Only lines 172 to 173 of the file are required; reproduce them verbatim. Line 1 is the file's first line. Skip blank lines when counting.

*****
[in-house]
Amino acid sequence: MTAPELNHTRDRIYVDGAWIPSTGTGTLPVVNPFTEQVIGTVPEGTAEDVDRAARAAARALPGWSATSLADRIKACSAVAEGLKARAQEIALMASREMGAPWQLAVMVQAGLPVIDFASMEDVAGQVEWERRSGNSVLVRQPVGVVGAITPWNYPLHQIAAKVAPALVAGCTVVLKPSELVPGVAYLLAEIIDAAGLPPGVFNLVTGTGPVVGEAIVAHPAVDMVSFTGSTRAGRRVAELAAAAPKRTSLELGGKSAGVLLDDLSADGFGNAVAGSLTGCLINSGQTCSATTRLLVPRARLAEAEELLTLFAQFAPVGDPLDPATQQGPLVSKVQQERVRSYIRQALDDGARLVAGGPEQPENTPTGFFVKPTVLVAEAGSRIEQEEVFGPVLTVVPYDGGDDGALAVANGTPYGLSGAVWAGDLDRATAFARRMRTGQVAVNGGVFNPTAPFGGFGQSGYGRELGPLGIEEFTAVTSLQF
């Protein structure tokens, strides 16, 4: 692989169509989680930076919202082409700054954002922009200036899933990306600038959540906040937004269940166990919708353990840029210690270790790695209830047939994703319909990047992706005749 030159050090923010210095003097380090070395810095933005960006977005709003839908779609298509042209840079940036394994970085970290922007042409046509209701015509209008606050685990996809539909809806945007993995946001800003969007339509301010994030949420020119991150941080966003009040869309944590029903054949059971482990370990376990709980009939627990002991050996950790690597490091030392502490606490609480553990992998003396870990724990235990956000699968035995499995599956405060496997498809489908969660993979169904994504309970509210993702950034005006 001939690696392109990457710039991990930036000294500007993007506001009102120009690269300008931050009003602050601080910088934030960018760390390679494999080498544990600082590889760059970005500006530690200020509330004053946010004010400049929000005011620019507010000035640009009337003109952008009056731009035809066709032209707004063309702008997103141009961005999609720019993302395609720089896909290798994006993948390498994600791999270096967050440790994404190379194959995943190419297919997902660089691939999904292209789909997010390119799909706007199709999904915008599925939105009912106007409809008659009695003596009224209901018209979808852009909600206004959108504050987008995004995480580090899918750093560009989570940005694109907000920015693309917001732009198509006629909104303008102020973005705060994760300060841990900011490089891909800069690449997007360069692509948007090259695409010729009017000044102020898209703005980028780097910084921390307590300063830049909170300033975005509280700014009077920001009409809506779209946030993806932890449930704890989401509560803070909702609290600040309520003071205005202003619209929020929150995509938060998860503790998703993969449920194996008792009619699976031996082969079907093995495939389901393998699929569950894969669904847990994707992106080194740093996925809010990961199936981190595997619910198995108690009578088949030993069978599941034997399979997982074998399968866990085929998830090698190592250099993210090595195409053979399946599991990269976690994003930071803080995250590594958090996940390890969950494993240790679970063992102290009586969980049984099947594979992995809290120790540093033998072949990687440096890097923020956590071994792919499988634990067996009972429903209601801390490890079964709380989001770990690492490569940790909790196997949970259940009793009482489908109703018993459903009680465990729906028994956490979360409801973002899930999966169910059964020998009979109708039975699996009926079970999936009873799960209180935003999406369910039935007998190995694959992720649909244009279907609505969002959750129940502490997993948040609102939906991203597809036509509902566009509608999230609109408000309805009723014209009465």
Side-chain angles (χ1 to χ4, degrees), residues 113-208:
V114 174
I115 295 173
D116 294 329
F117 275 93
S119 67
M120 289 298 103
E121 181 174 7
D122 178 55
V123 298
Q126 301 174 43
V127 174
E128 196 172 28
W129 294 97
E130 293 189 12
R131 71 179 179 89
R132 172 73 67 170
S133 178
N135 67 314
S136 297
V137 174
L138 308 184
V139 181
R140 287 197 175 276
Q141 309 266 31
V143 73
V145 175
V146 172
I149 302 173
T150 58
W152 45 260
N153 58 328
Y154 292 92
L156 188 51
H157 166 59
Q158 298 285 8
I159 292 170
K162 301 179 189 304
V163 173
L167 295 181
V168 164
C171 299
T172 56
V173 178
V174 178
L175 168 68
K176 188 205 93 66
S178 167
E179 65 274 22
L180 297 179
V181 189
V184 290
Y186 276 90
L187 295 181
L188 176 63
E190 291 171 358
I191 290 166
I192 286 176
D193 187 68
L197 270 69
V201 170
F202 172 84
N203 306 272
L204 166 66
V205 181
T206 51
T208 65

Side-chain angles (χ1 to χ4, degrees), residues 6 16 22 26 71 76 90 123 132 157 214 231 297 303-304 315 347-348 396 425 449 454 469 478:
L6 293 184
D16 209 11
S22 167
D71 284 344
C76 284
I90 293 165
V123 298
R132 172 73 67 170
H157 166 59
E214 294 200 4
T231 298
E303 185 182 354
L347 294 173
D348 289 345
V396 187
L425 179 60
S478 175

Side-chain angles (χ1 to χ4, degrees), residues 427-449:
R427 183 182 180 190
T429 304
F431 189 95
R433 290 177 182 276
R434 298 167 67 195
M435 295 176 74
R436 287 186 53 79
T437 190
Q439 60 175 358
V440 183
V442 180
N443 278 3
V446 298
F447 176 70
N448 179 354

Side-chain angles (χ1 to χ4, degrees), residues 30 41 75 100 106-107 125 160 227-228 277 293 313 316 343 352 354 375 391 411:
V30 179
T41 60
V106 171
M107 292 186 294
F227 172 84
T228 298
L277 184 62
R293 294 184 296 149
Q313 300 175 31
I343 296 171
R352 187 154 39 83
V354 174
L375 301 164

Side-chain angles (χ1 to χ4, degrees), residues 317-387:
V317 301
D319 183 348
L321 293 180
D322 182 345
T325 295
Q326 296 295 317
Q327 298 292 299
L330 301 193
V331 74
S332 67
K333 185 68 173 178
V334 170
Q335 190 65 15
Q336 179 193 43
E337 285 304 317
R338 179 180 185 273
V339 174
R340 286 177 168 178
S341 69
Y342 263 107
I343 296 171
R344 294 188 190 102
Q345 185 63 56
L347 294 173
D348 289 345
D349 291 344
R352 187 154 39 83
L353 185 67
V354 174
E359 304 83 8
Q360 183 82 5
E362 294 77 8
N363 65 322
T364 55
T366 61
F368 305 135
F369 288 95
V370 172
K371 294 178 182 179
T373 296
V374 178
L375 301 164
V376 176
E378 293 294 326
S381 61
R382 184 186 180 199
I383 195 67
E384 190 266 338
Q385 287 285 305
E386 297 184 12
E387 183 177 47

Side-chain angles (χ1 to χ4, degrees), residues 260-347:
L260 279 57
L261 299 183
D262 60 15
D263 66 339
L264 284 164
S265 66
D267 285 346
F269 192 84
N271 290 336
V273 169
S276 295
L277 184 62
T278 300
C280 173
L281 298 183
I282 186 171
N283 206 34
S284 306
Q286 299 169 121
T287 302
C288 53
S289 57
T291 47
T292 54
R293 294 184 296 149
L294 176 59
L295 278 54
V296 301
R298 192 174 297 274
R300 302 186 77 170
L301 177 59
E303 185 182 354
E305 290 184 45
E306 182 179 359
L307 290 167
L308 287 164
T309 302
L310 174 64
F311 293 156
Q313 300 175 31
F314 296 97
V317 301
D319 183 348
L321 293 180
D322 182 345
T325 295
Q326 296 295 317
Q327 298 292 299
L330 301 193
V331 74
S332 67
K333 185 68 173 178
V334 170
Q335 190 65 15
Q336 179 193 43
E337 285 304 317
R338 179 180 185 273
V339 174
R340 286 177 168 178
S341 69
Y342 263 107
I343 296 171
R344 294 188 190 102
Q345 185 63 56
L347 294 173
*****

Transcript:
L260 279 57
L261 299 183